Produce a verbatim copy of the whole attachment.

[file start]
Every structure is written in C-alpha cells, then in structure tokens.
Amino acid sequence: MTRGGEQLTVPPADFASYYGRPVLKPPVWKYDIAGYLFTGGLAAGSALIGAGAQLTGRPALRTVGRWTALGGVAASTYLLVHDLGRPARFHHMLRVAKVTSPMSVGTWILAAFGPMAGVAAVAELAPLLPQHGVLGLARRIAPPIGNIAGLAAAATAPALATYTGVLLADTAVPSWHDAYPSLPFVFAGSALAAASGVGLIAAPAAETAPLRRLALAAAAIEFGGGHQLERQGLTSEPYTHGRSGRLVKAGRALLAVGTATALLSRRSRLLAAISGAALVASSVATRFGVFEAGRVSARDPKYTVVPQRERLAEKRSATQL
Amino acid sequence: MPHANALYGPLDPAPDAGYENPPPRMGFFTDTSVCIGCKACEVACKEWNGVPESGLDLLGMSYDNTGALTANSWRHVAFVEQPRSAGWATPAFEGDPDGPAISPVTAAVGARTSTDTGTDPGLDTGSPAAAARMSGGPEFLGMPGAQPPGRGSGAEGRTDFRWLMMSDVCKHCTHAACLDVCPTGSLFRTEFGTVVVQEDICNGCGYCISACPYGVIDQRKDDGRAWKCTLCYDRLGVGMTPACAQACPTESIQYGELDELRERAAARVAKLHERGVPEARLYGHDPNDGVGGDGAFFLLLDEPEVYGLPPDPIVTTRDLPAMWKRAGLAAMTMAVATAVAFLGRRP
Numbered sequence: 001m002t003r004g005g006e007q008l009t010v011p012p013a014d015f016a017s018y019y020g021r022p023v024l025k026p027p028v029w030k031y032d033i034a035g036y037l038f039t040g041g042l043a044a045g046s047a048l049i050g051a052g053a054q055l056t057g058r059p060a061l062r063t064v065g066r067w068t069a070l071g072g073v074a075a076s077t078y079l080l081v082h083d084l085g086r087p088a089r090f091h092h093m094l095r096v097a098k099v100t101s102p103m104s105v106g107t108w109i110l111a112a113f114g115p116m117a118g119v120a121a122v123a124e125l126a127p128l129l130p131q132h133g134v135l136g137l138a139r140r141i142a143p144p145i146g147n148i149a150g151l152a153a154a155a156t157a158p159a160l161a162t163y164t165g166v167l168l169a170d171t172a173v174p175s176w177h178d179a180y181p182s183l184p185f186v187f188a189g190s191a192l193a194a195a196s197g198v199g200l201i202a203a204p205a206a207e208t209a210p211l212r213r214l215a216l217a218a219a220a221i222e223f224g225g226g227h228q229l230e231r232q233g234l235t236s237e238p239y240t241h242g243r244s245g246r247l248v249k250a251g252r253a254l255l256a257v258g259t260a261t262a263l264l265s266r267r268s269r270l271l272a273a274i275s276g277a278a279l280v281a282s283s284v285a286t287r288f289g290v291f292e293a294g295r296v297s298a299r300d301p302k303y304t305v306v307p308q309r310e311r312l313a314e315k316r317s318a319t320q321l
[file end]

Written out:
Every structure is written in C-alpha cells, then in structure tokens.
Amino acid sequence: MTRGGEQLTVPPADFASYYGRPVLKPPVWKYDIAGYLFTGGLAAGSALIGAGAQLTGRPALRTVGRWTALGGVAASTYLLVHDLGRPARFHHMLRVAKVTSPMSVGTWILAAFGPMAGVAAVAELAPLLPQHGVLGLARRIAPPIGNIAGLAAAATAPALATYTGVLLADTAVPSWHDAYPSLPFVFAGSALAAASGVGLIAAPAAETAPLRRLALAAAAIEFGGGHQLERQGLTSEPYTHGRSGRLVKAGRALLAVGTATALLSRRSRLLAAISGAALVASSVATRFGVFEAGRVSARDPKYTVVPQRERLAEKRSATQL
Amino acid sequence: MPHANALYGPLDPAPDAGYENPPPRMGFFTDTSVCIGCKACEVACKEWNGVPESGLDLLGMSYDNTGALTANSWRHVAFVEQPRSAGWATPAFEGDPDGPAISPVTAAVGARTSTDTGTDPGLDTGSPAAAARMSGGPEFLGMPGAQPPGRGSGAEGRTDFRWLMMSDVCKHCTHAACLDVCPTGSLFRTEFGTVVVQEDICNGCGYCISACPYGVIDQRKDDGRAWKCTLCYDRLGVGMTPACAQACPTESIQYGELDELRERAAARVAKLHERGVPEARLYGHDPNDGVGGDGAFFLLLDEPEVYGLPPDPIVTTRDLPAMWKRAGLAAMTMAVATAVAFLGRRP
Numbered sequence: 001m002t003r004g005g006e007q008l009t010v011p012p013a014d015f016a017s018y019y020g021r022p023v024l025k026p027p028v029w030k031y032d033i034a035g036y037l038f039t040g041g042l043a044a045g046s047a048l049i050g051a052g053a054q055l056t057g058r059p060a061l062r063t064v065g066r067w068t069a070l071g072g073v074a075a076s077t078y079l080l081v082h083d084l085g086r087p088a089r090f091h092h093m094l095r096v097a098k099v100t101s102p103m104s105v106g107t108w109i110l111a112a113f114g115p116m117a118g119v120a121a122v123a124e125l126a127p128l129l130p131q132h133g134v135l136g137l138a139r140r141i142a143p144p145i146g147n148i149a150g151l152a153a154a155a156t157a158p159a160l161a162t163y164t165g166v167l168l169a170d171t172a173v174p175s176w177h178d179a180y181p182s183l184p185f186v187f188a189g190s191a192l193a194a195a196s197g198v199g200l201i202a203a204p205a206a207e208t209a210p211l212r213r214l215a216l217a218a219a220a221i222e223f224g225g226g227h228q229l230e231r232q233g234l235t236s237e238p239y240t241h242g243r244s245g246r247l248v249k250a251g252r253a254l255l256a257v258g259t260a261t262a263l264l265s266r267r268s269r270l271l272a273a274i275s276g277a278a279l280v281a282s283s284v285a286t287r288f289g290v291f292e293a294g295r296v297s298a299r300d301p302k303y304t305v306v307p308q309r310e311r312l313a314e315k316r317s318a319t320q321l